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Issue 12, 2018, Issue in Progress
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On the use of nanomechanical atomic force microscopy to characterise oil-exposed surfaces

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Abstract

Oil-exposed surfaces are susceptible to carbonaceous deposits (CDs). In turn, deposits are responsible for fouling, compromising performance and reducing profitability across the hydrocarbon value chain. An understanding of the deposition behaviour of these organic molecules is therefore imperative. In this paper we address the question of understanding the deposition in upstream operation, where the CDs are known to be asphaltenes, the heaviest fraction of oil. Systematic characterisation of fouled oil-exposed surfaces constitutes an initial step towards that direction and it is a challenging task in itself. We demonstrate the use of Atomic Force Microscopy (AFM) to map surface mechanical properties and how they can be used to determine differences between deposit types. We also demonstrate that the use of an adhesion inhibitor (AI) has a dramatic effect not only on the morphology but also on the mechanical properties of asphaltene deposits.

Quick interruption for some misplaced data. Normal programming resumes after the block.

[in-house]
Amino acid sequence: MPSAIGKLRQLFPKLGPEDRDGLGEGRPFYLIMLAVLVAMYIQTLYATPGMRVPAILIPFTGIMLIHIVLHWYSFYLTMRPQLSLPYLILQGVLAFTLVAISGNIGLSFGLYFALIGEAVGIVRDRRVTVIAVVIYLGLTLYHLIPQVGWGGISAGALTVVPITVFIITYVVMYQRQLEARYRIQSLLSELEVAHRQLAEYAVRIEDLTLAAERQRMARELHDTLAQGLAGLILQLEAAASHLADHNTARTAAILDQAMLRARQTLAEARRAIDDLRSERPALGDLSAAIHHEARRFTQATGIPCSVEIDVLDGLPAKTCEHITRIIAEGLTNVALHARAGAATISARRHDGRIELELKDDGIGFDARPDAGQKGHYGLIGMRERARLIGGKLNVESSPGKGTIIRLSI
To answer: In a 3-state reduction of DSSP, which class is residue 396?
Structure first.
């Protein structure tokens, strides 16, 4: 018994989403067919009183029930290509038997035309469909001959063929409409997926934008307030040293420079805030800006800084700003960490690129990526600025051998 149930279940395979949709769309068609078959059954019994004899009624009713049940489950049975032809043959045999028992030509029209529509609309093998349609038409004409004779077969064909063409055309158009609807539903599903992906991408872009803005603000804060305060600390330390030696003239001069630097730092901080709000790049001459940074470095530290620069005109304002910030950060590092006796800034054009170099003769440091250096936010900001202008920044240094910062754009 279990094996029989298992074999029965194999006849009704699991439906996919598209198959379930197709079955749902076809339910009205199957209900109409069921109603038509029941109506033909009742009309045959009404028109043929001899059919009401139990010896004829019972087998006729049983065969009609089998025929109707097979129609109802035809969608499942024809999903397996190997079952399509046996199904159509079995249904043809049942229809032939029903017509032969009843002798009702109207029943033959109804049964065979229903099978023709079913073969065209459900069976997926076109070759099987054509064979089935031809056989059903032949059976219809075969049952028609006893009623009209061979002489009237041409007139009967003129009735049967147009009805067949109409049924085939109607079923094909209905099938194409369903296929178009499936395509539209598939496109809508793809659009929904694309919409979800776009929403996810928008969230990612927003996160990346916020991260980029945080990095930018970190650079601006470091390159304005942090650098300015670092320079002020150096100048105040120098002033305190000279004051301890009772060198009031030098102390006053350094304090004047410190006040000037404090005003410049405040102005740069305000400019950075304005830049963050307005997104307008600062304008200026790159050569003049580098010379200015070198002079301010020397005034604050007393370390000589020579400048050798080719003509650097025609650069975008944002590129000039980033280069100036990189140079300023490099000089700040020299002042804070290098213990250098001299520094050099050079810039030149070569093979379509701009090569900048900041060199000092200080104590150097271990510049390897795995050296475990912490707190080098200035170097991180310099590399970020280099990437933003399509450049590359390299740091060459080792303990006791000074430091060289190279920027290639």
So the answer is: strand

Graphical abstract: On the use of nanomechanical atomic force microscopy to characterise oil-exposed surfaces

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Article information


Submitted
07 Nov 2017
Accepted
25 Jan 2018
First published
12 Feb 2018

This article is Open Access

RSC Adv., 2018,8, 6680-6689
Article type
Paper

On the use of nanomechanical atomic force microscopy to characterise oil-exposed surfaces

D. Kaimaki, B. E. Smith and C. Durkan, RSC Adv., 2018, 8, 6680
DOI: 10.1039/C7RA12209H

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    [Original citation] - Published by The Royal Society of Chemistry.

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